Mammograms for breast cancer. Mammograms carry the most emotional baggage—it’s downright unpatriotic to badmouth these tests. Several randomized controlled trials have looked at screening mammography. Some support its utility, some don’t. As I mentioned earlier, more than one in two women who have yearly mammograms for 10 years will have a false positive. Furthermore, many of the cancers detected and unnecessarily treated are pseudodisease.
Fecal occult blood tests and colonoscopy for colon cancer. Three randomized studies suggest that fecal occult blood tests lower chances of dying from colon cancer by 15 to 30 percent. However, false positives are very common. Regarding colonoscopy, the Preventive Services Task Force has concluded, “It is unclear whether the increased accuracy of colonoscopy…offsets the procedure’s additional complications, inconvenience, and costs.”
Pap smears for cervical cancer. National Cancer Institute guidelines recommend Pap smears once every three years. Most experts agree that women 65 to 70 who have had three normal tests in a row and are at low risk can stop having them, as well as those who’ve had a hysterectomy. Be aware that lifetime false positive rates are extremely high and that many doctors inexplicably order Pap smears annually for women of all ages.
Chest X-rays for lung cancer. Three clinical trials have shown that routine chest X-rays do not reduce risk of death from lung cancer. No group stands behind routine screening at this time.
Genetic tests for cancer risk. Cancer is not caused by a single gene defect, and a positive test doesn’t necessarily mean you will get cancer. Moreover, twin studies emphasize the role of lifestyle and environmental factors in development of the disease.
Other cancer screening tests. Other screening tests that have yet to be shown in randomized trials to save lives include ultrasounds and CA-125 for ovarian cancer, skin exams for melanoma, and head and body scans for cancer of the brain and abdomen.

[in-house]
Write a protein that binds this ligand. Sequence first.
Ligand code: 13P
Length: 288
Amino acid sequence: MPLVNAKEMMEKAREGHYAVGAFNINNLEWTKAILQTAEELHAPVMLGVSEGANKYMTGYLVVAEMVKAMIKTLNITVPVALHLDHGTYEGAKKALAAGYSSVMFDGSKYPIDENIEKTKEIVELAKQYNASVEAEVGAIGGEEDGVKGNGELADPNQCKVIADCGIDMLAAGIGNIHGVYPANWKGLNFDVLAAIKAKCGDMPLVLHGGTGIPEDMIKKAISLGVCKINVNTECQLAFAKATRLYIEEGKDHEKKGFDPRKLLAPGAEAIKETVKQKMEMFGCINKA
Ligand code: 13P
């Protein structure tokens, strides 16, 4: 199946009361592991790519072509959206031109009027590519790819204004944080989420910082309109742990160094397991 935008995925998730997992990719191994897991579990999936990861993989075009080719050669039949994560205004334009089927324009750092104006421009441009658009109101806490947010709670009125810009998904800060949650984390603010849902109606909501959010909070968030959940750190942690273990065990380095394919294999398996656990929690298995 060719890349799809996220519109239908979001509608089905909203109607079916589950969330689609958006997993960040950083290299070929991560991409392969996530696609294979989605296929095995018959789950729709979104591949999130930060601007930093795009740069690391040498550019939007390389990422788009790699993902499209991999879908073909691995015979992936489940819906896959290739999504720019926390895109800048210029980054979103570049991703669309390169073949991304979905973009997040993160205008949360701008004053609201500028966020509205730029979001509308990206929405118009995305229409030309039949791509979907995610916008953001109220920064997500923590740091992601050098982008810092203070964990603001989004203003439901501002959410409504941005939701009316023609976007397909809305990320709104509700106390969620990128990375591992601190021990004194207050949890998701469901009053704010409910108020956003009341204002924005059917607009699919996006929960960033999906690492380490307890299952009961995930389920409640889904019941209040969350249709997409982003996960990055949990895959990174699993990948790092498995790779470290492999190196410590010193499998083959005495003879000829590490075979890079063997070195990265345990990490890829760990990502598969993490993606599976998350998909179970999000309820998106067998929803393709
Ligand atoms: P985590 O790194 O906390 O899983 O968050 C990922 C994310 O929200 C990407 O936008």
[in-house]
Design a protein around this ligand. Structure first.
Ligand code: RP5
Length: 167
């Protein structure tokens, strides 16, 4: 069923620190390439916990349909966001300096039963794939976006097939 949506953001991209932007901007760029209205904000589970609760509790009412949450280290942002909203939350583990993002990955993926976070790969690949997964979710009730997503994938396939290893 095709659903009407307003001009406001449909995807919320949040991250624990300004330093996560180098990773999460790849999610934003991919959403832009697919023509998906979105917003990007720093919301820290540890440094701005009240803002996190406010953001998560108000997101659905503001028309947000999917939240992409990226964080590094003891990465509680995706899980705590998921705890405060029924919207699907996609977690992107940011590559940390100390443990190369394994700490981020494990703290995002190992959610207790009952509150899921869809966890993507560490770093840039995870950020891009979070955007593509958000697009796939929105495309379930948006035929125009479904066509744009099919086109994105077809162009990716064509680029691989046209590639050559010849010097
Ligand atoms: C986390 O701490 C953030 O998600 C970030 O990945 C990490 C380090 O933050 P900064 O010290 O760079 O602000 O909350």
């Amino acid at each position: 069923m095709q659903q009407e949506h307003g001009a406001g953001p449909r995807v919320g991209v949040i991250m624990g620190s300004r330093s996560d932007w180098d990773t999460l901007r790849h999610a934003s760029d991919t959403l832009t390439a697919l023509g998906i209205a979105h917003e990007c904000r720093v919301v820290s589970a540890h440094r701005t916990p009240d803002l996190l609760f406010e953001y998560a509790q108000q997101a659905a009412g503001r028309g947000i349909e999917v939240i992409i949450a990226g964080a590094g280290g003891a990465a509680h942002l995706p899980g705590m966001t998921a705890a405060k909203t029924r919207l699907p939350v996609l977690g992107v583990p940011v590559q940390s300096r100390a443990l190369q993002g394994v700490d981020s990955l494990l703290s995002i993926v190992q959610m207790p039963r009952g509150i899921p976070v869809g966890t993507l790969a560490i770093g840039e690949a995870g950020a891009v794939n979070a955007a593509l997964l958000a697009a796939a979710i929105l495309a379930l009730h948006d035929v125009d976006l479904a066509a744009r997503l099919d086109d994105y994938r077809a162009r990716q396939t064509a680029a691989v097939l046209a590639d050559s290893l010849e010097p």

I understand that this is an emotionally charged issue. Cancer is scary and the treatments for it are as frightening as the disease itself. If you have symptoms of cancer, by all means see a doctor and discuss appropriate testing.
Otherwise, think twice. If your physician orders a cancer screening test, question its necessity. Doctors sometimes suggest these tests for all the wrong reasons: fears of malpractice, financial incentives, and even patient demand. Find out what course would be recommended if your results were positive. Then review the information above, read Dr. Welch’s book, and make your own educated decision.
Next time you hear that someone who died of cancer would have been saved if only he’d had regular testing, realize that’s nothing more than unsubstantiated opinion. And, whatever you do, don’t let anyone make you feel irresponsible if you elect not to undergo cancer screening.
- SEER. Cancer of the breast. National Cancer Institute. http://seer.cancer.gov/statfacts/html/breast.html Accessed Sept. 2, 2008.
- US Preventive Services Task Force. Guide to Clinical Preventive Services. http://www.ahrq.gov/clinic/cps3dix.htm#cancer. Accessed Aug 25, 2008.
- Welch HG. Should I Be Tested for Cancer? Berkeley, CA: University of California Press; 2004.
Modified from Health & Healing with permission from Healthy Directions, LLC. Photocopying, reproduction, or quotation strictly prohibited without written permission from the publisher. To subscribe to Health & Healing, click here.